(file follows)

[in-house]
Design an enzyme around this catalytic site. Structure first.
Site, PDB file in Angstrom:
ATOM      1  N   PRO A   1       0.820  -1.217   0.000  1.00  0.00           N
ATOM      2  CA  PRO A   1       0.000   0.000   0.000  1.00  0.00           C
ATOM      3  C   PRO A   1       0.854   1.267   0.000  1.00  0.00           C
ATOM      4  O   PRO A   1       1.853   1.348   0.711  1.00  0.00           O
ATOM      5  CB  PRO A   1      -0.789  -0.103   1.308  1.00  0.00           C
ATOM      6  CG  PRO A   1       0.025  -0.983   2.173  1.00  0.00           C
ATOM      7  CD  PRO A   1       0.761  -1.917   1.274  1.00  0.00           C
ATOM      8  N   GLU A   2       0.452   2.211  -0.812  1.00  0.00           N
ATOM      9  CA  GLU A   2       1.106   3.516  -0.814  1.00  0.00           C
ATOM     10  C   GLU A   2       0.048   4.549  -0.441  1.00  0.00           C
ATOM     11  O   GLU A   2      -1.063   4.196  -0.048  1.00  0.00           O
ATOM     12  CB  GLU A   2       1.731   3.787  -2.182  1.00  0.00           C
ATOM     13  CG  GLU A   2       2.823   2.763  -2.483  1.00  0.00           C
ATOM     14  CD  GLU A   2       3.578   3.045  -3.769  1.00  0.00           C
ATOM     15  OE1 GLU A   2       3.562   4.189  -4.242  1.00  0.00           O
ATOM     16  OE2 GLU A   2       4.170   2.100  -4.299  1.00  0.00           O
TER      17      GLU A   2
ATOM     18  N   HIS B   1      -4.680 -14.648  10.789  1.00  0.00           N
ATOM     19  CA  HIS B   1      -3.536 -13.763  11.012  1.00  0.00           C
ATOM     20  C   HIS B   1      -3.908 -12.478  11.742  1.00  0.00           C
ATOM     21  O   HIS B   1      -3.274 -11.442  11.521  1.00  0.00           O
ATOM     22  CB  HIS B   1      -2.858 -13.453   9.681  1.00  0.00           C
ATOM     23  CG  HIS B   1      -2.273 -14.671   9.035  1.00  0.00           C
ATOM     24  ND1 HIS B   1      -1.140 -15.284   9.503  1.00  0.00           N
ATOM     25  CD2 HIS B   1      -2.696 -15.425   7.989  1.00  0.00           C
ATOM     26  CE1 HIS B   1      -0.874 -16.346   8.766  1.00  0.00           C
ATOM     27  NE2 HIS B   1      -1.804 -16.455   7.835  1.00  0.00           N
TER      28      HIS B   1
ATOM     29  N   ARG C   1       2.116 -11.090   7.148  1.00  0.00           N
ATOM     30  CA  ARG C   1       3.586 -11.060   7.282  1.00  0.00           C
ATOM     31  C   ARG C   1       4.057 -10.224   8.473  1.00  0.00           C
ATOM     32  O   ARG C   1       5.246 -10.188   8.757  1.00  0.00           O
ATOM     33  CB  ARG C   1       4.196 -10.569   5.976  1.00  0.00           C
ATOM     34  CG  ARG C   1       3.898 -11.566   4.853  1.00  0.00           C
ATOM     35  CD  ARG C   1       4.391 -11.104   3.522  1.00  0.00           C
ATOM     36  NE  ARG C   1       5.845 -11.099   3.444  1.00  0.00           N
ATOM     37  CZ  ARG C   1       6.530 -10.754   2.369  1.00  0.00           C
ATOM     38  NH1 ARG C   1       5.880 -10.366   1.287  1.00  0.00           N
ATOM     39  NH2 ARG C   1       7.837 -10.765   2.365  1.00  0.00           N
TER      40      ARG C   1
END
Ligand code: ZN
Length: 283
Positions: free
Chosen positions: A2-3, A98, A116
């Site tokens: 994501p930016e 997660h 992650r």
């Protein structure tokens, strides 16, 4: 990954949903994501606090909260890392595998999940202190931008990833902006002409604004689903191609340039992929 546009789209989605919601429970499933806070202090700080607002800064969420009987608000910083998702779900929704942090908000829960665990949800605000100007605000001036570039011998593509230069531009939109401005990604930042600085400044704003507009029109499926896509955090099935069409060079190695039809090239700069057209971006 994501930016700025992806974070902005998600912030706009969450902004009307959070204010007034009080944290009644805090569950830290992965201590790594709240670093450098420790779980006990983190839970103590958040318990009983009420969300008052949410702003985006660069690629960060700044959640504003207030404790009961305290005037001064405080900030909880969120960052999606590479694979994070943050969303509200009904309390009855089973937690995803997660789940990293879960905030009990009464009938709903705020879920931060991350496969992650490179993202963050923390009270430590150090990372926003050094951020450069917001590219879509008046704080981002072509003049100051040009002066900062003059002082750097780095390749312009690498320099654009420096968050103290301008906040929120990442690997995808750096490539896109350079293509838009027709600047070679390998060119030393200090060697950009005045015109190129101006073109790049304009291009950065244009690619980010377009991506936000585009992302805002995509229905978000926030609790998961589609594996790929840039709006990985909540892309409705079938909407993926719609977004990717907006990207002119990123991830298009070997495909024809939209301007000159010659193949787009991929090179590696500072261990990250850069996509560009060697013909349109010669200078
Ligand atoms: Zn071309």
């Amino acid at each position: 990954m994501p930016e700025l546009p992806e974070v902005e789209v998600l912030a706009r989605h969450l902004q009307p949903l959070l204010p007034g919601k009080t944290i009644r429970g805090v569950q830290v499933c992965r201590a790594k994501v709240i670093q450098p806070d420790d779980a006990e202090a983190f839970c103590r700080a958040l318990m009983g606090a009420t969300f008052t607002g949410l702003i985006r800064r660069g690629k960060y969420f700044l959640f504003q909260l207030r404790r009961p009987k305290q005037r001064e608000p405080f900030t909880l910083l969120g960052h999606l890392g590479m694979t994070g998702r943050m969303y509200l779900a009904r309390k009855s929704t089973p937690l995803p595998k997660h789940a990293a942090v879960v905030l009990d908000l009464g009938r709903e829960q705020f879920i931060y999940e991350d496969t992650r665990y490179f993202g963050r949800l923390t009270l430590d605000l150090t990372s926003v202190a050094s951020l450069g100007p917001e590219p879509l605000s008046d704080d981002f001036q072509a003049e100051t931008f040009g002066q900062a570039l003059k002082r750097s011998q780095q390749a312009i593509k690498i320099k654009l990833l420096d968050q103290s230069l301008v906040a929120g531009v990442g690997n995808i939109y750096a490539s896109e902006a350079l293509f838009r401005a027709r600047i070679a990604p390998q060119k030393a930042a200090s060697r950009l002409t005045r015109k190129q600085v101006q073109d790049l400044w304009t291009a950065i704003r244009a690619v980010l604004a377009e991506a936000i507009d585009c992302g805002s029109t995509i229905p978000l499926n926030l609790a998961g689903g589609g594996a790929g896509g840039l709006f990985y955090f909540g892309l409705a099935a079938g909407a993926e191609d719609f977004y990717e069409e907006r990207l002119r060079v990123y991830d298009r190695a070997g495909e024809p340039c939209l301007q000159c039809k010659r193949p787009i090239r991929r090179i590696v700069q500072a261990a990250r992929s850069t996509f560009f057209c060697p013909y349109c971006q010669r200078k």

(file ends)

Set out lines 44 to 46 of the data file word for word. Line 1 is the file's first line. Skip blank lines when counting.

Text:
END
Ligand code: ZN
Length: 283